The Health and Safety at Work Act 1974 puts a general duty on an employer to protect the health and safety of employees. However, staff will also have a duty to comply with infection control procedures and take appropriate action to protect themselves.
Why is Riddor important in a care home?
RIDDOR, then, is in place to keep you and your colleagues safe at work. The legislation is important because it holds employers responsible for negligence or bad working behaviours. In practice, this encourages people to follow health and safety procedures in the workplace, which helps to prevent accidents.
What are infection control standard precautions?
Standard precautions are a set of infection control practices used to prevent transmission of diseases that can be acquired by contact with blood, body fluids, non-intact skin (including rashes), and mucous membranes.
How can the spread of infection be reduced in the care setting?
What are good practices to slow the spread of infections?Get the appropriate vaccine.Wash your hands frequently.Practice physical distancing (staying more than 2 metres (6 feet) apart).Stay home if you are sick (so you do not spread the illness to other people).More items…
What is a risk in relation to infection control?
Infection control risks can stem from a variety of areas in a healthcare organization, and most can lead to significant patient (or staff) harm. Some common examples include: • Lack of hand hygiene. • Unsafe injection practices. • Poor cleaning, disinfection, sterilization of instruments and scopes.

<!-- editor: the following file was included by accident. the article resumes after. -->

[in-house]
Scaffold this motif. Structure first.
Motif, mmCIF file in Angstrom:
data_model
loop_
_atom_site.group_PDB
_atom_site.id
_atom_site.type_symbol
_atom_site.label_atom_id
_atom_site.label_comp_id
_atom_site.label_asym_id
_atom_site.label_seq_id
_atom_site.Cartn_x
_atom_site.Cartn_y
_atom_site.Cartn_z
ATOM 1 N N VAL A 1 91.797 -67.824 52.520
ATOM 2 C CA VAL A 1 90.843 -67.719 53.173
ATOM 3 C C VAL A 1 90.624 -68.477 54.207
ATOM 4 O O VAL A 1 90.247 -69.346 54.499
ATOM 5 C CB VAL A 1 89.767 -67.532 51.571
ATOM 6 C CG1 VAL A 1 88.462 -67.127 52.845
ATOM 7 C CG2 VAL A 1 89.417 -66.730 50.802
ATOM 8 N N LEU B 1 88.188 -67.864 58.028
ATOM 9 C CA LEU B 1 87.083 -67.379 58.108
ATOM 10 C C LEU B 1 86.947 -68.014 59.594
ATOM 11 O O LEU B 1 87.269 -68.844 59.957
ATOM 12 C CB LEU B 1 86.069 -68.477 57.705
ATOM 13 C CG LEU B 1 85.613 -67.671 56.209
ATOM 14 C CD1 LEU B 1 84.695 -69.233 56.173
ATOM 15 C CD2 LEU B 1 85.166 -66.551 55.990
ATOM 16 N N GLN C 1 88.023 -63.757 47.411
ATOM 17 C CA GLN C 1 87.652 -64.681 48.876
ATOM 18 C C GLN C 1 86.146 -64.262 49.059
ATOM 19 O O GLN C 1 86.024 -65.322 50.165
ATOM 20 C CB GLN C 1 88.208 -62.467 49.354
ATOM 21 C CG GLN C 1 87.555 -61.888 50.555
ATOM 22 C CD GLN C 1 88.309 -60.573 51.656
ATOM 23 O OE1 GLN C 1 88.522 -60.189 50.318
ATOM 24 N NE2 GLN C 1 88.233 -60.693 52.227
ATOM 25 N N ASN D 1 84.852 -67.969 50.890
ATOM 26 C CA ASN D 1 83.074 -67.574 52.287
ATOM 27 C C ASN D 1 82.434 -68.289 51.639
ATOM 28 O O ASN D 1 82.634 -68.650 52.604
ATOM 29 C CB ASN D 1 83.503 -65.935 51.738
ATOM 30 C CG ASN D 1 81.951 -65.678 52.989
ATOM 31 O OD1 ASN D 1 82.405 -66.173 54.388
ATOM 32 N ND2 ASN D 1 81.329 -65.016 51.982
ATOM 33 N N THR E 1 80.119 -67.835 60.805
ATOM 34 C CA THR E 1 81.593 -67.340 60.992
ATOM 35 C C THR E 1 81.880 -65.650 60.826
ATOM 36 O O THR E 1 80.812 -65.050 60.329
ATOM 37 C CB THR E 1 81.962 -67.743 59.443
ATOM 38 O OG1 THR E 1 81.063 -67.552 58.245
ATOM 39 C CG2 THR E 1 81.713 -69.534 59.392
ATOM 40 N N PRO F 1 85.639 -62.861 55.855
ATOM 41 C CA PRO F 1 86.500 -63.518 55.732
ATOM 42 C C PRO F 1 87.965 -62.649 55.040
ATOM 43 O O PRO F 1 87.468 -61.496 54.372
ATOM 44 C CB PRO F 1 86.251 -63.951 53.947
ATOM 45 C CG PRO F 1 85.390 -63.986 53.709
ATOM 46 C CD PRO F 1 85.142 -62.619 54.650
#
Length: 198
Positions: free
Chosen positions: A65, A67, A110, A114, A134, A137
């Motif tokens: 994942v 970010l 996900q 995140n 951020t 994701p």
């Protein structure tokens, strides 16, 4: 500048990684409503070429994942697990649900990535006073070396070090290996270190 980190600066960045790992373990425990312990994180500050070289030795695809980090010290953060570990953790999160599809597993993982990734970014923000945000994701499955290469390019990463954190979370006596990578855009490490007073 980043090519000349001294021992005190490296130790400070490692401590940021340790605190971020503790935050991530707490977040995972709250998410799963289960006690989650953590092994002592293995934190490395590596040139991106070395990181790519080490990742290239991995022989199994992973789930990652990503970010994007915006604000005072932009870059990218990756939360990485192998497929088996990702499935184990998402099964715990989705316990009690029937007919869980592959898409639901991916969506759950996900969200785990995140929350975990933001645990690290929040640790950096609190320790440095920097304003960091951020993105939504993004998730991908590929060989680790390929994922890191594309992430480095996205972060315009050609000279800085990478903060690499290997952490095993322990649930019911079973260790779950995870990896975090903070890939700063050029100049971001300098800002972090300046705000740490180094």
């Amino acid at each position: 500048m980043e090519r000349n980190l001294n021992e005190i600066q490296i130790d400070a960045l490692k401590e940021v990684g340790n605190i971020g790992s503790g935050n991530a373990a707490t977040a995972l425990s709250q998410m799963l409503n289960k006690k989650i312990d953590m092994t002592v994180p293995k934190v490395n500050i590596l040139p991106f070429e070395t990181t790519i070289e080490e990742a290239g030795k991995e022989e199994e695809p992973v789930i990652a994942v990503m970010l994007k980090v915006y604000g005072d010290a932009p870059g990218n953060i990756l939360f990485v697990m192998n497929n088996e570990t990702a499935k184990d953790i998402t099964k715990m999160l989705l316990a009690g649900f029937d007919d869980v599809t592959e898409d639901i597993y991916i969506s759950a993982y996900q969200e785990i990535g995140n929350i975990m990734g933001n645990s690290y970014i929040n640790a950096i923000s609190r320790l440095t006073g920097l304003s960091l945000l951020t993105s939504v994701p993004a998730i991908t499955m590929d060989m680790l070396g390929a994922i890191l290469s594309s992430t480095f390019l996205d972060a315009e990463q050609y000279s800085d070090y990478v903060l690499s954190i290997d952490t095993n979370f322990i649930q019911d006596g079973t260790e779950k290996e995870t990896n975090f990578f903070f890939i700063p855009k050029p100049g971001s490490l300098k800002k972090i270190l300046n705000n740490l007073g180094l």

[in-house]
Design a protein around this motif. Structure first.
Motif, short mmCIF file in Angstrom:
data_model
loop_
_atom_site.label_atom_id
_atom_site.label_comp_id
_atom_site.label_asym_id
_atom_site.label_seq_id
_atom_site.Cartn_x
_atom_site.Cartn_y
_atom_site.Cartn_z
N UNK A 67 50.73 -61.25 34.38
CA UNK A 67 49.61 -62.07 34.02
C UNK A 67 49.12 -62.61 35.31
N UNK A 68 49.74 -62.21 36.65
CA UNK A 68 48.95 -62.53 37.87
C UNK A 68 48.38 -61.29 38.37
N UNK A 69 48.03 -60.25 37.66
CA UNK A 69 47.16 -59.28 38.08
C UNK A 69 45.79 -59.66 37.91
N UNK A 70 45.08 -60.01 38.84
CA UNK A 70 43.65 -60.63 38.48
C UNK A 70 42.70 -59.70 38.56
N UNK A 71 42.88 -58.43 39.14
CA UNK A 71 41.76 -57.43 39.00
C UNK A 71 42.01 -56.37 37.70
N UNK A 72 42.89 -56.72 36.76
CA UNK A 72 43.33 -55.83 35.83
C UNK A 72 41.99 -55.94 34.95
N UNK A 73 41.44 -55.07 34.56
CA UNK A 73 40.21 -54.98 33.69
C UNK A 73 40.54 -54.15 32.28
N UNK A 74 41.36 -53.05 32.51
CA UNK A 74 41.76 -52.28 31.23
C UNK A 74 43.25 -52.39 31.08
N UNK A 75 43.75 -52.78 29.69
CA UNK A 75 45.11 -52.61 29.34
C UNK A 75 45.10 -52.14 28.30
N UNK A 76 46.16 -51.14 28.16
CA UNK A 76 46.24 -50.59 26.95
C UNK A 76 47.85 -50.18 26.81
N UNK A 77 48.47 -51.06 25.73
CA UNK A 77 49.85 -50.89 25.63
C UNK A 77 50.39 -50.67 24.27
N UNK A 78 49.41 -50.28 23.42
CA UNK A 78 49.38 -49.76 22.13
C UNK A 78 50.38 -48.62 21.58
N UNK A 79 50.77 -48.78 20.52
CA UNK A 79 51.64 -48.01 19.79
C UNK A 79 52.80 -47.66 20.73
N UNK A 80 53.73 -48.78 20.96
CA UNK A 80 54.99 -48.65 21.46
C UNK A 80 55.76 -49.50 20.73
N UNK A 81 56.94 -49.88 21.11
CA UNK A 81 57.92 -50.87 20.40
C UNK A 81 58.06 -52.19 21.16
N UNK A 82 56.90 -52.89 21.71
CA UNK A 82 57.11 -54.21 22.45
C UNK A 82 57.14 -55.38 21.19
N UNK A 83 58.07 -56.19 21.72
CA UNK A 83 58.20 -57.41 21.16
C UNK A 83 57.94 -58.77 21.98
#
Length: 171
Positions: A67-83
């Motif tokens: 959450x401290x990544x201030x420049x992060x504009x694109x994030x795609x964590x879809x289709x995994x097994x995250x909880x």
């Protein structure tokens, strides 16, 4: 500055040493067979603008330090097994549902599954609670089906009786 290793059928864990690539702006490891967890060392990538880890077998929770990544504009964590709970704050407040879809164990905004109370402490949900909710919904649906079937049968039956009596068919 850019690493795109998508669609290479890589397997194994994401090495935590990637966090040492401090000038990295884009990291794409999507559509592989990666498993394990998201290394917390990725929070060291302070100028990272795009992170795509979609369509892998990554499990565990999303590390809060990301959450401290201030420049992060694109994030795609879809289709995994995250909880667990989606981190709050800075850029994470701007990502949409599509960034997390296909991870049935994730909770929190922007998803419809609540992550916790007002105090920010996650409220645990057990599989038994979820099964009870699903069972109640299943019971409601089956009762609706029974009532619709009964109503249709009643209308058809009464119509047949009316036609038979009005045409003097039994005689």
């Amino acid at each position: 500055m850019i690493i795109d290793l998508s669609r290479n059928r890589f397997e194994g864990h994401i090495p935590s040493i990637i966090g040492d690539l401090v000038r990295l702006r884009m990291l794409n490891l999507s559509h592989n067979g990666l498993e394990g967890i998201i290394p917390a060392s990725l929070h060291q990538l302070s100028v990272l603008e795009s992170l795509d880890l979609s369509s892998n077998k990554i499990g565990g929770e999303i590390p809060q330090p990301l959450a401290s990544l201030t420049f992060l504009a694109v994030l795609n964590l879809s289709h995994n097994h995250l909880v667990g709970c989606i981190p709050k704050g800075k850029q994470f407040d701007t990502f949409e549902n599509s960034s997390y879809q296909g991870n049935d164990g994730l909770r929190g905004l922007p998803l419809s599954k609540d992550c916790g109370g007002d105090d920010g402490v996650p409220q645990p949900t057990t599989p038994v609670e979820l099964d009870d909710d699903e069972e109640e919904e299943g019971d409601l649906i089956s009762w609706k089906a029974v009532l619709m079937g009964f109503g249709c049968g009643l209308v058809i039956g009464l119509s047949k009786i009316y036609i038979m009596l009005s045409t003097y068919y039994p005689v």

What are the requirements of Riddor in relation to infection prevention and control?
RIDDOR – Reporting of Injuries, Diseases and Dangerous Occurrences RegulationsRecording all reportable accidents, injuries, illnesses, dangerous occurrences, work-related deaths and specific injuries lasting more than seven days.Keeping all records in a file, accident book, on a computer or a written log.More items…•
How does Riddor relate to health and social care?
RIDDOR is the Reporting of Injuries, Diseases and Dangerous Occurrences Regulations 1995 and was revised from 1st October 2013 (RIDDOR 2013). This legislation applies across the whole of health and social care sector aimed at employers, and those with responsibility under the duty of the act.
Why it is important to have procedures and management controls in place for infection control?
The purpose for putting polices and procedures in place for Infection Control is to ensure employees, clients and families are protected against infectious diseases and infections by providing guidelines for their investigation, control and prevention.
What are the five basic principles for infection control?
These include standard precautions (hand hygiene, PPE, injection safety, environmental cleaning, and respiratory hygiene/cough etiquette) and transmission-based precautions (contact, droplet, and airborne).
What is the aim of Riddor?
The purpose of the RIDDOR regulations is to allow the Health and Safety Executive (HSE) and local authorities to monitor accident trends, identify how risks arise and investigate serious accidents. So, to comply with RIDDOR, you need to report certain types of incidents and injuries to the HSE.
What are 3 categories reportable under Riddor?
Types of reportable injuryfractures, other than to fingers, thumbs and toes.amputations.any injury likely to lead to permanent loss of sight or reduction in sight.any crush injury to the head or torso causing damage to the brain or internal organs.serious burns (including scalding) which:More items…•
How do I follow Riddor?
Go to www.hse.gov.uk/riddor and complete the appropriate online report form. The form will then be submitted directly to the RIDDOR database. You will receive a copy for your records. All incidents can be reported online but a telephone service remains for reporting fatal and specified injuries only.
What do the initials Riddor stand for?
RIDDOR – Reporting of Injuries, Diseases and Dangerous Occurrences Regulations 2013.